If I could pick only one word to describe this past year it would be “transformative”. There have been so many changes for me this year, from small things like chopping off my hair and moving to a new apartment to slightly bigger things like adjusting to a car-less life and changing my name. Most significantly though was my kidney cancer diagnosis which made me face all sorts of things I didn’t expect such as end-of-life decisions, treatment options, and financial planning. I’m thankful for the time it gave me with my family who came to support me this summer as well as the added emphasis on the importance of the relationships I have with friends and family. Coupled with my commitment to a minimalist lifestyle, it was all a great reminder to slow down, enjoy each sunset, spend quality time with Cole, go for long walks, and live healthier. It was also an important reminder that our days are not guaranteed and why it’s so important to build our lives around what is most valuable to us. There’s just not enough time to waste any of our life on things or people that make us unhappy or pathways that don’t support our goals and values.
Photographically, this year, I challenged myself to try something new, portrait photography. First, with the Immigrant Story photo contest which my friend Victor was a great sport and let me take a lot of photos of him all over Portland. Then, again, with my 45 Reasons Why project which was inspired by our current political climate. It was heartwarming to work with so many kind people from the Portland-area who were willing to let me share their concerns with our current administration through an exhibition and on my website. I hope to continue the project over the next couple of years and look forward to seeing it all come together. I also revisited my Legacy project which I started last year and finally made some progress with my first participant’s story which I was recently asked to write a guest post about on the Childless by Marriage blog. This spring, I finally participated in the PDX Squared photo contest and found it a challenging and worthwhile learning experience. True to form, I donated to and attended ShelterCare’s annual Art Gives Hope benefit to support homelessness prevention programs. I also had a couple of photos published in Sierra Club’s revised edition of 50 Hikes in the Tillamook and Clatsop State Forests book that I volunteered to help with a couple of years ago by hiking some of the trails. I’ve continued to fine tune my website and made some good progress on my efforts to brand and build my photography legacy.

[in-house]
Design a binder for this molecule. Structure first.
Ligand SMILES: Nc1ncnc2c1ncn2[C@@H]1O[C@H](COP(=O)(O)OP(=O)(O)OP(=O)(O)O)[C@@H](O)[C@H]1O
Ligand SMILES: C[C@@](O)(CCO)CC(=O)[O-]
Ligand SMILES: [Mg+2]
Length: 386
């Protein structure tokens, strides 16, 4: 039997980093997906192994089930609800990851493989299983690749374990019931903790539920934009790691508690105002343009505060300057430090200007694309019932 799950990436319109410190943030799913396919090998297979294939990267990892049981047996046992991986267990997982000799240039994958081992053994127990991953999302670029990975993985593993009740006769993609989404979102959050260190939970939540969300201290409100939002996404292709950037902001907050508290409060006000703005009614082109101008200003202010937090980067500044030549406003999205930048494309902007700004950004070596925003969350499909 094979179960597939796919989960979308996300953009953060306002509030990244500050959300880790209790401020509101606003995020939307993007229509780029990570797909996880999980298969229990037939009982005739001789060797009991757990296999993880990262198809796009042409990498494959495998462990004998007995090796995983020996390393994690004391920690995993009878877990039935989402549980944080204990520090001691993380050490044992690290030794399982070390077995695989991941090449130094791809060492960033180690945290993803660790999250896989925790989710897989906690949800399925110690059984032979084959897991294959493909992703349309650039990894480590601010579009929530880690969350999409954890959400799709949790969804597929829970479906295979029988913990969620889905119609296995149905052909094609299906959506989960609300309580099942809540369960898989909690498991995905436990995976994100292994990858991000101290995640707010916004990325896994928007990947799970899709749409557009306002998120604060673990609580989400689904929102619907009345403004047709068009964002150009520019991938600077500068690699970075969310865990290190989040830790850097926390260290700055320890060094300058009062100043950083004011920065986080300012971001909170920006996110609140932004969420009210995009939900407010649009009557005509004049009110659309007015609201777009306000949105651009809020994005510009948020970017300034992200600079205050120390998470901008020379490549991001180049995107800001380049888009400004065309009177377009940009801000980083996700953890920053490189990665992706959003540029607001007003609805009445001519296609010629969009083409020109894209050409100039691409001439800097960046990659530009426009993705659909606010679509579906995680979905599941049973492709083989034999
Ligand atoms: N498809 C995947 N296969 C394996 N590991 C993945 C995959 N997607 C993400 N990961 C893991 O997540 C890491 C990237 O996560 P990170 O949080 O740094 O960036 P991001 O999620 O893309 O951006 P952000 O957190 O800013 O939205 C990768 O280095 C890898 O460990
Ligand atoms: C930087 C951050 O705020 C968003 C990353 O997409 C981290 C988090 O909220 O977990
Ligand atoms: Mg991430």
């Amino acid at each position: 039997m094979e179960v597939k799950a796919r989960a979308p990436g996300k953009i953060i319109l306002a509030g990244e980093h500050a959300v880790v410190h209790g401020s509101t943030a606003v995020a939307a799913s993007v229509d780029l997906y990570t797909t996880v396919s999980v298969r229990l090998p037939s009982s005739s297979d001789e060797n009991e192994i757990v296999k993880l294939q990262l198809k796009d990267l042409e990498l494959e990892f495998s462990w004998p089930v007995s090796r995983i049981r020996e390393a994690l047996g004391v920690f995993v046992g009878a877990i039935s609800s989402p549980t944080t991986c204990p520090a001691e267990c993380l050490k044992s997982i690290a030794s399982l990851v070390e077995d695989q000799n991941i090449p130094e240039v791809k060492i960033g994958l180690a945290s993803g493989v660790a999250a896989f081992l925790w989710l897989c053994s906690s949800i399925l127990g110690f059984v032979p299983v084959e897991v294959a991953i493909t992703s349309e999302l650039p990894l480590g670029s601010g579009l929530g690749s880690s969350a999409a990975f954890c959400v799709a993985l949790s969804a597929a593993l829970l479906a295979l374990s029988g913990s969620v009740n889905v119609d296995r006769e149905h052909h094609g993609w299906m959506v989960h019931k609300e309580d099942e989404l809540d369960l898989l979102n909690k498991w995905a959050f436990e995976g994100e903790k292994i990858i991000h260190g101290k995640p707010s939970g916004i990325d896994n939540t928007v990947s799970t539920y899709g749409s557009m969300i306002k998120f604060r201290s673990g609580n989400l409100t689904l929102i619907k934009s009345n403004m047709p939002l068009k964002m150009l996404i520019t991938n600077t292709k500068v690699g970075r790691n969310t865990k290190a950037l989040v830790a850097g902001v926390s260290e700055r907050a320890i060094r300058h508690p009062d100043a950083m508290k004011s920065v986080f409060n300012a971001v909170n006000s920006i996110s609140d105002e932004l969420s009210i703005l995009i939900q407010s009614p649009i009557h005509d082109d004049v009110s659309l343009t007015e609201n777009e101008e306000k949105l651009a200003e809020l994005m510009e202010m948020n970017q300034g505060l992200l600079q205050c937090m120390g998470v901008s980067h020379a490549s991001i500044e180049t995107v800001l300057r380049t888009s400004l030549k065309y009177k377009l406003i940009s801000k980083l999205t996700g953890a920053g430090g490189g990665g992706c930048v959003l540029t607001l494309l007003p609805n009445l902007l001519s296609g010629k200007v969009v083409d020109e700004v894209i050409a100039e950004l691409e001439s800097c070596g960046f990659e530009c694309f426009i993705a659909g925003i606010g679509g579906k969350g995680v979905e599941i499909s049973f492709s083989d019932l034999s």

My cancer surgery took a lot of my adventure time away this year but I still managed to get out a bit. First, I visited Astoria and then stopped at Fort Stevens State Park afterward to say hello once again to the Peter Iredale shipwreck and catch a spectacular sunset. I finally made it to the Tulip Festival for the first time with a friend one rainy and muddy Sunday afternoon in April. I spent Memorial Day hiking in Forest Park with a small group of friends and our dogs. Right before my surgery, I made a trip to the coast to explore one of Oregon’s newest natural areas at Sitka Sedge and then wandered over to one of my favorite spots on the northern Oregon coast, Ecola State Park, for a particularly memorable sunset and moonrise. After I regained more significant mobility after my surgery, shortly before returning to work, a friend took me out to the coast yet again, this time to Ona Beach at Brian Booth State Park and then Seal Rock to watch the birds for a while. This fall, living in the Slabtown neighborhood, it was really easy to wander over to Chapman Elementary to watch the Swifts once again tuck themselves in for the night during their migration. I also managed to get to the Portland Japanese Garden and catch some of the magnificent fall colors of the famous Japanese Maple trees that live there. Lastly, I did one significant road trip to Spokane for a concert and checked “explore Lake Coeur d’Alene” off my bucket list while I was at it. On the way back to Portland, I also visited Steptoe Butte and Palouse Falls State Parks in eastern Washington.
When I wasn’t laid up from my surgery, out exploring in nature, cooking some sort of fantastic meal, hanging out with Cole, or reading some sort of minimalist or travel article, I filled my time with plays, concerts, art exhibits, film festivals, and movies. The highlights of which included seeing Hamilton at the Keller Auditorium, The Wood Brothers perform at the Crystal Ballroom, photographer Austin Granger speak at LightBox Photographic Gallery and Camerawork Gallery, the Banff Mountain Film Festival both in Portland at Cinema 21 and in Spokane at the Bing Crosby Theater, and Bohemian Rhapsody twice at the Living Room Theater.
2018 has been quite the year and I sense something big is on the horizon for Cole and me in 2019. I look forward to seeing how it all unfolds for us and although I don’t know what to expect for sure, I suspect it will entail travels to new places, more quality time with family, reconnecting with old friends, collaborations with other creative types, the pursuit of an entrepreneurial endeavor, more adventures with Cole, and a continued dedication to a minimalist lifestyle which is the core value that allows me to focus on what truly matters most in my life. Thank you so much for following along this past year. May your new year be full of health, happiness, friends, family, learning, and lots and lots of adventures!!!